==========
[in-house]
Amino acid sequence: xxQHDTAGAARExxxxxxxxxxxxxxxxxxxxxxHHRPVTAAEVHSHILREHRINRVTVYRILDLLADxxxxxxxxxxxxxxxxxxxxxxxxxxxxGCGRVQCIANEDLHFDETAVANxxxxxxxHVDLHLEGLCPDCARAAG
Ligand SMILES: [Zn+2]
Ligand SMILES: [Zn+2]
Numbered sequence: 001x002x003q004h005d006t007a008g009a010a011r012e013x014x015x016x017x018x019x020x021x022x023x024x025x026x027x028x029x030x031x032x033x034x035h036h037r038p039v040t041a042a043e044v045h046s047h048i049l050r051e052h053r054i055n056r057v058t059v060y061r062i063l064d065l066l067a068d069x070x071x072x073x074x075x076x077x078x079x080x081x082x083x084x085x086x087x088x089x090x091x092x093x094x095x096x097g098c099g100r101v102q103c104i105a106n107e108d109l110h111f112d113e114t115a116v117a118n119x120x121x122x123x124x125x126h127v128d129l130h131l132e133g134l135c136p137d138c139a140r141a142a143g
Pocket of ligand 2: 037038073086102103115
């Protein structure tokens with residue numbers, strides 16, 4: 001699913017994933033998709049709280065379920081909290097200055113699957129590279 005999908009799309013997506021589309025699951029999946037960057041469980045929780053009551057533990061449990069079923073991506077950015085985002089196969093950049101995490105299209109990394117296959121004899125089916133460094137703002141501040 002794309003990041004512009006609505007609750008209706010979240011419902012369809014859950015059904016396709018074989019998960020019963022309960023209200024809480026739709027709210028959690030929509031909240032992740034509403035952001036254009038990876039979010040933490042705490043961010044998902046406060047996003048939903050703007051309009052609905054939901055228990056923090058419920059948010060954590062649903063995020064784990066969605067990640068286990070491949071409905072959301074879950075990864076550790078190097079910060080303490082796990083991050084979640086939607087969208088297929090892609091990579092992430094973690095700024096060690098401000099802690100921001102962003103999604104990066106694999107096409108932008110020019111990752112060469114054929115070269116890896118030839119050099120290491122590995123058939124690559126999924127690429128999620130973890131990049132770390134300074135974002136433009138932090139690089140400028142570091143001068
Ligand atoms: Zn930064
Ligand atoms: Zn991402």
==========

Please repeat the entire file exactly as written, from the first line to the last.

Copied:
[in-house]
Amino acid sequence: xxQHDTAGAARExxxxxxxxxxxxxxxxxxxxxxHHRPVTAAEVHSHILREHRINRVTVYRILDLLADxxxxxxxxxxxxxxxxxxxxxxxxxxxxGCGRVQCIANEDLHFDETAVANxxxxxxxHVDLHLEGLCPDCARAAG
Ligand SMILES: [Zn+2]
Ligand SMILES: [Zn+2]
Numbered sequence: 001x002x003q004h005d006t007a008g009a010a011r012e013x014x015x016x017x018x019x020x021x022x023x024x025x026x027x028x029x030x031x032x033x034x035h036h037r038p039v040t041a042a043e044v045h046s047h048i049l050r051e052h053r054i055n056r057v058t059v060y061r062i063l064d065l066l067a068d069x070x071x072x073x074x075x076x077x078x079x080x081x082x083x084x085x086x087x088x089x090x091x092x093x094x095x096x097g098c099g100r101v102q103c104i105a106n107e108d109l110h111f112d113e114t115a116v117a118n119x120x121x122x123x124x125x126h127v128d129l130h131l132e133g134l135c136p137d138c139a140r141a142a143g
Pocket of ligand 2: 037038073086102103115
């Protein structure tokens with residue numbers, strides 16, 4: 001699913017994933033998709049709280065379920081909290097200055113699957129590279 005999908009799309013997506021589309025699951029999946037960057041469980045929780053009551057533990061449990069079923073991506077950015085985002089196969093950049101995490105299209109990394117296959121004899125089916133460094137703002141501040 002794309003990041004512009006609505007609750008209706010979240011419902012369809014859950015059904016396709018074989019998960020019963022309960023209200024809480026739709027709210028959690030929509031909240032992740034509403035952001036254009038990876039979010040933490042705490043961010044998902046406060047996003048939903050703007051309009052609905054939901055228990056923090058419920059948010060954590062649903063995020064784990066969605067990640068286990070491949071409905072959301074879950075990864076550790078190097079910060080303490082796990083991050084979640086939607087969208088297929090892609091990579092992430094973690095700024096060690098401000099802690100921001102962003103999604104990066106694999107096409108932008110020019111990752112060469114054929115070269116890896118030839119050099120290491122590995123058939124690559126999924127690429128999620130973890131990049132770390134300074135974002136433009138932090139690089140400028142570091143001068
Ligand atoms: Zn930064
Ligand atoms: Zn991402």